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Policy Brief: ICCCAD: Planning for adaptation in Bangladesh

This paper discusses the experiential learning that Bangladesh gained during more than a decade of a...  Read More
30AUG

EU-MACS report: Acclimatise and Twente University: Analysing existing data infrastructures for climate services

Acclimatise and EU-MACS partner Twente University finalised a report analysing the existing climate ...  Read More
22AUG

Report: University of Arizona, Acclimatise, SERDP: Climate change impacts and adaptation on Southwestern DoD facilities

A newly published Strategic Environmental Research and Development Program (SERDP) report complete...  Read More
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News / Comment

29MAR
2017
NEWS / Urban resilience in a land of flood and drought
Category: Government & Policy, Latest News

Image: Water scarcity is a growing problem for India's Cities: Source: Road to Resilience Vol 1: Taru Leading Edge.

This is an excerpt from a newly published article on Atavist. To read the full article please click here

By Will Bugler

India has a tempestuous relationship with water. The seasonal monsoon winds drive dramatic changes to the country’s weather systems, blowing in wet weather from the south-west, or dry from the north-east. The rainfall brought by these weather systems does not fall uniformly across the country, with some areas suffering intense droughts, while others experience severe floods. The dualism of overabundance and scarcity of water presents huge challenges for the country’s growing urban population, whose health, homes and livelihoods are increasingly threatened by India’s water woes.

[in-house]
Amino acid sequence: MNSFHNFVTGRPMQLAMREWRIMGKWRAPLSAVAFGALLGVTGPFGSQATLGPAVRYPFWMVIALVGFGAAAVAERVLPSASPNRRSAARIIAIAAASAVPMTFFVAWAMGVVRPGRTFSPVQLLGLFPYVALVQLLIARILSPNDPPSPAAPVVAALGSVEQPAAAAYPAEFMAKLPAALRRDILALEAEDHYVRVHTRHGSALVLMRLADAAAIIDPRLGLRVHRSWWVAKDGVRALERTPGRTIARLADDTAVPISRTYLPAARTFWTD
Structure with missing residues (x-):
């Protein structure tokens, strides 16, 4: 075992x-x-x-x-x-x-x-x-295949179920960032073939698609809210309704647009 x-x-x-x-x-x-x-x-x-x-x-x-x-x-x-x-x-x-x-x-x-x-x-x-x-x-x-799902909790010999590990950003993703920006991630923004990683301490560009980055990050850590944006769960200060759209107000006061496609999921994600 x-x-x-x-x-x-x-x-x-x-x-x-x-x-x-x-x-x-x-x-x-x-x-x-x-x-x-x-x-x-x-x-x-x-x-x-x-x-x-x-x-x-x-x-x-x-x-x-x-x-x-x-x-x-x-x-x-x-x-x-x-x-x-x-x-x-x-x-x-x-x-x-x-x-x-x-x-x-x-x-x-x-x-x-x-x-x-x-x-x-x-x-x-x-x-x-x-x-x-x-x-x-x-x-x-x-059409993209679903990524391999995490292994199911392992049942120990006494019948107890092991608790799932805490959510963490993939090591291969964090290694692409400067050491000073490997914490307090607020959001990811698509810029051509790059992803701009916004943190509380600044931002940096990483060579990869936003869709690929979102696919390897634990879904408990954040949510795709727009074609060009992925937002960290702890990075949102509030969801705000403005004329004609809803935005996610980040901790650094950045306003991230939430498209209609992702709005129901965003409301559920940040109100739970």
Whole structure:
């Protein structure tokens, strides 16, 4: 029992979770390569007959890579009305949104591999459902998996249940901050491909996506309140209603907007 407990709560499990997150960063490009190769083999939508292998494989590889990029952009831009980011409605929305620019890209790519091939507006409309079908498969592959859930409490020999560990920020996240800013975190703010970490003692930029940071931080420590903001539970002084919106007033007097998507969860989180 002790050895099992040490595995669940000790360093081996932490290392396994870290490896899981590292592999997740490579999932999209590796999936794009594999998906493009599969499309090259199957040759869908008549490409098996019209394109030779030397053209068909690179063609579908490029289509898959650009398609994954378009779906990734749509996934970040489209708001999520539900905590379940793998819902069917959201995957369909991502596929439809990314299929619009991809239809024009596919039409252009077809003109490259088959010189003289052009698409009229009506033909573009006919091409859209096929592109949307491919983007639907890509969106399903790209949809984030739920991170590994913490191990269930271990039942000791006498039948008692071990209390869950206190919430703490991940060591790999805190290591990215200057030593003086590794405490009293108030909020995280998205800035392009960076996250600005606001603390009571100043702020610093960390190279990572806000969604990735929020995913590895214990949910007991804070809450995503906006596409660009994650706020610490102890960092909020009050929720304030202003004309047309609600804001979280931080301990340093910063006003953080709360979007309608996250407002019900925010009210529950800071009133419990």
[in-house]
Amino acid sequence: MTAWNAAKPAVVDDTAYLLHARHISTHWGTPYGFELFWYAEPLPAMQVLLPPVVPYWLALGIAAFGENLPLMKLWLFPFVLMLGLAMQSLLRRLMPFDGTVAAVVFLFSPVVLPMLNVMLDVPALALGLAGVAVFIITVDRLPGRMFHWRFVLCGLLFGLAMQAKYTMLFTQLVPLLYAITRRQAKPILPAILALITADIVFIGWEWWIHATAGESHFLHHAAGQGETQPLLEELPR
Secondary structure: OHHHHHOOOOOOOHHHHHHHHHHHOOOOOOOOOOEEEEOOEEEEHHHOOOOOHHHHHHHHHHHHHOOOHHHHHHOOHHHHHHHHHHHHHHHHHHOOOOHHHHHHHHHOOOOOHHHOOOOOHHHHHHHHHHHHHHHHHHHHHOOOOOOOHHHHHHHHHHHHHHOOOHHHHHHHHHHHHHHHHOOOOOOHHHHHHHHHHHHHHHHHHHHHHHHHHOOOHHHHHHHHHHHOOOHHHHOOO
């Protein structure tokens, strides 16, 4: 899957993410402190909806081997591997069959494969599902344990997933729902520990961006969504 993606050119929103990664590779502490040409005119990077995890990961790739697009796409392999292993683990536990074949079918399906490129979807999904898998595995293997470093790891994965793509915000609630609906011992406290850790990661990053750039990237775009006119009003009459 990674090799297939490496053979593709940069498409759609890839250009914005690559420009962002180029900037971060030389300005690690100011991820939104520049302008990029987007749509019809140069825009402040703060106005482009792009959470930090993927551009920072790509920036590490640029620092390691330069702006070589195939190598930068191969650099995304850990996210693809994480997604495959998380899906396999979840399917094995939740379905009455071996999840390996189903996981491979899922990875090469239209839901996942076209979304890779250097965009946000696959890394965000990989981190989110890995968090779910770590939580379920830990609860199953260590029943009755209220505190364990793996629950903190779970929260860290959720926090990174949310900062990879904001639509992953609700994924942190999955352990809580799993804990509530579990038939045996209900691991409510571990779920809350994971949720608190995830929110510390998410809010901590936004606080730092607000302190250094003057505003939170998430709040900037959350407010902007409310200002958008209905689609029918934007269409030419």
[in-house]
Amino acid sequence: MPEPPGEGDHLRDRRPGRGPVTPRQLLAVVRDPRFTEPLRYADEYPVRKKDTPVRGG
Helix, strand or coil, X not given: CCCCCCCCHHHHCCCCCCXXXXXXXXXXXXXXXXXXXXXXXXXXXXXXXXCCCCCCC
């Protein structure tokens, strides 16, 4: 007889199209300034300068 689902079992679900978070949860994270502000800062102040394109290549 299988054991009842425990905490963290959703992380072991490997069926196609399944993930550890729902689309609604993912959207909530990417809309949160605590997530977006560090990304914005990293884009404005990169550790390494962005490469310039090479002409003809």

India’s urban population is expanding rapidly. Over the last twenty years, it has risen from 217 million to more than 377 million, and the pace of urbanisation shows no sign of abating. In fact, according to some, India may be on the brink of an ‘urban revolution’ that could mean that over 40 percent of its population - more than 600 million people - lives in cities by the 2030s.

Water issues affect India’s burgeoning cities in several ways. Surging demand for drinking, sanitation and industry, is putting pressure on scarce resources, while at the same time, the impact of severe flood events is felt most keenly by the poorest city dwellers, who often live in poor quality housing, and in low-lying areas. So what can be done to manage urban water resources in a land of floods and droughts?

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Make sure you also read the first article of this series "Setting India’s Cities on the Road To Resilience".

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